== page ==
Teams are still searching for those missing due to the floods, ITV News Europe Editor James Mates reports.
Fueled by days of heavy rain, the floodwaters also left thousands of Germans homeless after their dwellings were destroyed or deemed to be at risk, and elected officials began to worry about the lingering economic effects from lost homes and businesses.
Elsewhere on the continent, dikes on swollen rivers were at risk of collapsing, and crews raced to reinforce flood barriers.
63 people died in the German state of Rhineland-Palatinate, including 12 residents of an assisted living facility for disabled people in the town of Sinzig who were surprised by a sudden rush of water from the nearby Ahr River, authorities said.
In neighbouring North Rhine-Westphalia state, the number of dead stood at 43, but officials warned that it could increase.
Belgian broadcaster RTBF reported at least 12 dead in the country.
German President Frank-Walter Steinmeier said he was “stunned” by the devastation caused by the flooding and pledged support to the families of those killed and to cities and towns facing significant damage.
“In the hour of need, our country stands together,” Steinmeier said in a statement on Friday afternoon.
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“It’s important that we show solidarity for those from whom the flood has taken everything.”
During a visit to Washington on Thursday, German Chancellor Angela Merkel expressed shock at the scope of the flooding and said she "grieved" for "those who have lost their lives in this disaster".
She pledged everything would be done to find those still missing, adding: “’Heavy rain and flooding’ doesn’t capture what happened.”
Rescuers were rushing on Friday to help people trapped in their homes in the town of Erftstadt, southwest of Cologne.
A stream of floodwater rushes through a street in Pepinster, in the province of Liège in Belgium
Regional authorities said several people had died after their houses collapsed due to subsidence, and aerial pictures showed what appeared to be a massive sinkhole.
“We managed to get 50 people out of their houses last night,” said Frank Rock, the head of the county administration.
“We know of 15 people who still need to be rescued.”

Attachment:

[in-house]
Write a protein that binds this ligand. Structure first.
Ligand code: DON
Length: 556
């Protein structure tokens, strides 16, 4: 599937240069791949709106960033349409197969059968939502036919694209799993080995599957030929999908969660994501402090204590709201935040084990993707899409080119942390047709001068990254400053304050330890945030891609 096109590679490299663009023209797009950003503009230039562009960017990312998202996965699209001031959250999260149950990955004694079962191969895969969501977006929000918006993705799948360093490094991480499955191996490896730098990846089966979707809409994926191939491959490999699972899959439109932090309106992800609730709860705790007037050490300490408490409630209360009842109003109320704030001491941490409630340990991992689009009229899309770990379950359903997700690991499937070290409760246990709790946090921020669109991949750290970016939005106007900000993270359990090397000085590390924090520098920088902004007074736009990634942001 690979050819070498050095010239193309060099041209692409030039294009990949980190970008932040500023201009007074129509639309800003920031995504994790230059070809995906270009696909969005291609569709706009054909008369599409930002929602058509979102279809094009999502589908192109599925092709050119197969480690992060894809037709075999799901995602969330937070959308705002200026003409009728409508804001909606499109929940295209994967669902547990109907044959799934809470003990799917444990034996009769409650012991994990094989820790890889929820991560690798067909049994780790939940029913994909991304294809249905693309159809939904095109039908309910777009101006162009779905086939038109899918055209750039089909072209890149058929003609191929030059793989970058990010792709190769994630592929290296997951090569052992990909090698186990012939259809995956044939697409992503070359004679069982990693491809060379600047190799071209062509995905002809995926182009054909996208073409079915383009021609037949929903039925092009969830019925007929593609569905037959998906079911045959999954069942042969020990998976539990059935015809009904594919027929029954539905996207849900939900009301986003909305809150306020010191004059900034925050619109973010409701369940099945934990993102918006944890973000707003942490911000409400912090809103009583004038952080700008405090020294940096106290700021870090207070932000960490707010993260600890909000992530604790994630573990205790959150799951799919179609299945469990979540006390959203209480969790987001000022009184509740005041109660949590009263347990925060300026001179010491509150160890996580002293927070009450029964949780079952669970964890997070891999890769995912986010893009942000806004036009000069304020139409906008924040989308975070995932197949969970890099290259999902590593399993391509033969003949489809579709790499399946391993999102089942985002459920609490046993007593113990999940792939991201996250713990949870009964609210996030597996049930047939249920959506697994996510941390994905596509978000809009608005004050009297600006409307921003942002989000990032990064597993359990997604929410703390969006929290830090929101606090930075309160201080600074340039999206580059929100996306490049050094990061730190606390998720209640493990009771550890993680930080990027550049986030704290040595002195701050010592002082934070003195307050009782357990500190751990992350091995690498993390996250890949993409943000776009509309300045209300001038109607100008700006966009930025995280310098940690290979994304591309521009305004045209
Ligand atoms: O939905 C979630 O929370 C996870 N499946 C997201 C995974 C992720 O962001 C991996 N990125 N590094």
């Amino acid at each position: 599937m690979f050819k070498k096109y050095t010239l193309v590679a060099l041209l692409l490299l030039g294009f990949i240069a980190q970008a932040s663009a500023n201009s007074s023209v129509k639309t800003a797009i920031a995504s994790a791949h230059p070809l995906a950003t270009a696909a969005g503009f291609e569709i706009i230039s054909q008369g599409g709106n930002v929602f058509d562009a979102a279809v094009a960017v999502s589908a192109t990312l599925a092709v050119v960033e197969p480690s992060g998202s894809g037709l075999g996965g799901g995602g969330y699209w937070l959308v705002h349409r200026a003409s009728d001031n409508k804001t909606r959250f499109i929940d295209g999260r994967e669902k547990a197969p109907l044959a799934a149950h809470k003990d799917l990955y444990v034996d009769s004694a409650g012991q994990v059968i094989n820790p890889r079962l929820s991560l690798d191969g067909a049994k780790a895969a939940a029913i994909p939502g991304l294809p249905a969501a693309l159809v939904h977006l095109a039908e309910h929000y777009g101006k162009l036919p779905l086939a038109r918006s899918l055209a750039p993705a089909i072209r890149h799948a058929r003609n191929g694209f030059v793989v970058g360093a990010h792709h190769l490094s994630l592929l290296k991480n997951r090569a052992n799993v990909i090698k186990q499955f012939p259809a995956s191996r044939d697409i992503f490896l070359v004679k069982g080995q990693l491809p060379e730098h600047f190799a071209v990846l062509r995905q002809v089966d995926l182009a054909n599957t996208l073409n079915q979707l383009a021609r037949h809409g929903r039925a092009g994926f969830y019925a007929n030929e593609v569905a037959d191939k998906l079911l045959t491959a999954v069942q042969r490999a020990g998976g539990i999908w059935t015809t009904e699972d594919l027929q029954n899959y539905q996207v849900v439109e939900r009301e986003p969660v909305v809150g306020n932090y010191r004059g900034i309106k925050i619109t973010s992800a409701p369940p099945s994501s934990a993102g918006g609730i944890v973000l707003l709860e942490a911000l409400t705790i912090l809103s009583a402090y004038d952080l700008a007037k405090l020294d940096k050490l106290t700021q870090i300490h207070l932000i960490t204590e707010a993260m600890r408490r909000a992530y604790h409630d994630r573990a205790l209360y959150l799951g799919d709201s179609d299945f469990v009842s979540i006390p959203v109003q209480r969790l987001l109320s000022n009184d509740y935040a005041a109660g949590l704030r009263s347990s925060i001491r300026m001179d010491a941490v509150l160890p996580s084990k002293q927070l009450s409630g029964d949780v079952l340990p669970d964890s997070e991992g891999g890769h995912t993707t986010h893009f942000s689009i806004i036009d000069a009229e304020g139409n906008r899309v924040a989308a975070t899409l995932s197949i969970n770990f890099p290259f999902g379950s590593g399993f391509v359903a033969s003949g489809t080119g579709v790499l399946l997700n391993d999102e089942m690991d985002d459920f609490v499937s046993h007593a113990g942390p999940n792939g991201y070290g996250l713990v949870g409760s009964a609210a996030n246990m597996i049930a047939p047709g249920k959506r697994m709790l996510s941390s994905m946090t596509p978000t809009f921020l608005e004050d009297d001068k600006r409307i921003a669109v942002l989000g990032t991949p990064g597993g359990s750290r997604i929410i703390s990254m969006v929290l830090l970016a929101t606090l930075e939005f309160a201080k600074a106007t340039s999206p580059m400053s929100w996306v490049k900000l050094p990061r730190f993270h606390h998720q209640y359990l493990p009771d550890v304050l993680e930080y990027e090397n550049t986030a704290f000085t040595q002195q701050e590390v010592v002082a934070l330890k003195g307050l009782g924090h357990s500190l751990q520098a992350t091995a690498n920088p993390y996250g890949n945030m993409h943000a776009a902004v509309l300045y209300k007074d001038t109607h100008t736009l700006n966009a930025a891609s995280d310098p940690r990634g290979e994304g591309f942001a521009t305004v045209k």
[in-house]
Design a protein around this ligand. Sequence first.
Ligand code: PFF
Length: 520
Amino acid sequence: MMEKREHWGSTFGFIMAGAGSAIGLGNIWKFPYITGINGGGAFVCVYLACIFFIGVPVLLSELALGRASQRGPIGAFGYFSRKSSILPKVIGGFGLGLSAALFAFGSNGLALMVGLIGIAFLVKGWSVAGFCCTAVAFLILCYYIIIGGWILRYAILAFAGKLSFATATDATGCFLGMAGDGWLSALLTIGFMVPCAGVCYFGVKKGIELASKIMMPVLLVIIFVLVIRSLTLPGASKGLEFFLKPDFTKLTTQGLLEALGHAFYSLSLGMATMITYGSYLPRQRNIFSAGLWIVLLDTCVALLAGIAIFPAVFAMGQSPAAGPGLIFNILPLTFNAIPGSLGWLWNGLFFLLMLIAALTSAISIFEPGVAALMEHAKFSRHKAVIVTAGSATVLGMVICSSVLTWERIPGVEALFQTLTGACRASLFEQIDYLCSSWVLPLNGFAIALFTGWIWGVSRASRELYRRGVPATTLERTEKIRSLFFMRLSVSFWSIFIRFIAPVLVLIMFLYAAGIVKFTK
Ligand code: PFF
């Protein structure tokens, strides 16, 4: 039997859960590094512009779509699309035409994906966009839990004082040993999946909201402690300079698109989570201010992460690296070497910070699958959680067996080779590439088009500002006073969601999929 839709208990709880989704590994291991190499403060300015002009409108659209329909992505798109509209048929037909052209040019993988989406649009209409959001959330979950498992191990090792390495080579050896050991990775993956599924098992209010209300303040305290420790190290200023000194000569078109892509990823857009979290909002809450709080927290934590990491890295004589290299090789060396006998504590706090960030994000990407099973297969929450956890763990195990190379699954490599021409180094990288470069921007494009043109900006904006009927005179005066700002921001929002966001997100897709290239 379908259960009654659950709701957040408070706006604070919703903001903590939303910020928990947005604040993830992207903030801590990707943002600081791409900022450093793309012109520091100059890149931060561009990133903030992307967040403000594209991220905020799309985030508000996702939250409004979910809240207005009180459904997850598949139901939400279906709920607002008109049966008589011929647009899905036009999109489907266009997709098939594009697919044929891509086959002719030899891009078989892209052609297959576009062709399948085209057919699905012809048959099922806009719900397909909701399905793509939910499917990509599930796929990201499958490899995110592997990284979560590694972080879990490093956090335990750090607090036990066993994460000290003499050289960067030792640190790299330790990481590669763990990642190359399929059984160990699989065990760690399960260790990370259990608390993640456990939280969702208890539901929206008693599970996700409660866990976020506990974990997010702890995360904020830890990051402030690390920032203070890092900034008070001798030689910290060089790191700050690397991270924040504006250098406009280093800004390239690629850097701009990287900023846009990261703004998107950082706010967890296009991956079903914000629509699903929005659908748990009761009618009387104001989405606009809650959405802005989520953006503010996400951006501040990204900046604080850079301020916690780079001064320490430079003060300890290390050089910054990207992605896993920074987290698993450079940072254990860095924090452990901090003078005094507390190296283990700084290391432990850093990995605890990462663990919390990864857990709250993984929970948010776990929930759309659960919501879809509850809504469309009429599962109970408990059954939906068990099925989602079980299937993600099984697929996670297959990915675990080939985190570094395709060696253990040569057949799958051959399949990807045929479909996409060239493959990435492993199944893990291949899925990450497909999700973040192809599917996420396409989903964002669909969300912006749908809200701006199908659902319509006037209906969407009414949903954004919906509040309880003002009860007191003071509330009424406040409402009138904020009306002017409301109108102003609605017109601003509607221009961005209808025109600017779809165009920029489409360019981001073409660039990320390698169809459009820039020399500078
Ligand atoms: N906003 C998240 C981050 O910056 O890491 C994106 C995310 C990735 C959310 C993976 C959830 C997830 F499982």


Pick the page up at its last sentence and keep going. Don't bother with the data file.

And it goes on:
A hotel owner in Germany points out the damage caused to his business
One hotel owner in Germany said his business was "completely destroyed".
"At least our family is okay - that's the important thing," he added.
Among the worst-hit German villages was Schuld, where several homes collapsed and dozens of people remained unaccounted for.
Rescue operations were hampered by blocked roads and phone and internet outages across the Eifel, a volcanic region of rolling hills and small valleys.
Some villages were reduced to rubble as old brick and timber houses could not withstand the sudden rush of water, often carrying trees and other debris as it gushed through narrow streets.
Karl-Heinz Grimm, who had come to help his parents in Schuld, said he had never seen the small Ahr River surge in such a deadly torrent.
“This night, it was like madness,” he said.
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Dozens of people had to be rescued from the roofs of their houses with inflatable boats and helicopters. Hundreds of soldiers were deployed to assist in the rescue efforts.
“There are people dead, there are people missing, there are many who are still in danger,” the governor of Rhineland-Palatinate state, Malu Dreyer, told the regional parliament.
“We have never seen such a disaster. It’s really devastating.”
Rescuers were rushing on Friday to help people trapped in their homes in the town of Erftstadt, southwest of Cologne in Germany, where several houses were at risk of collapse after floodwaters laid bare the foundations.
Three people were rescued from the Wurm River in Heinsberg county late on Thursday.
The governor of North Rhine-Westphalia state, Armin Laschet, called an emergency Cabinet meeting on Friday.
The 60-year-old’s handling of the flood disaster is widely seen as a test for his ambitions to succeed Merkel as chancellor in Germany’s national election on September 26.
The German army has deployed 900 soldiers to help with the rescue and clear-up efforts.
Thousands of people remain homeless after their houses were destroyed or deemed at-risk by authorities, including several villages around the Steinbach reservoir that experts say could collapse under the weight of the floods.
Across the border in Belgium, most of the drowned were found around Liege, where the rains hit hardest.
Skies were largely overcast in eastern Belgium, with hopes rising that the worst of the calamity was over.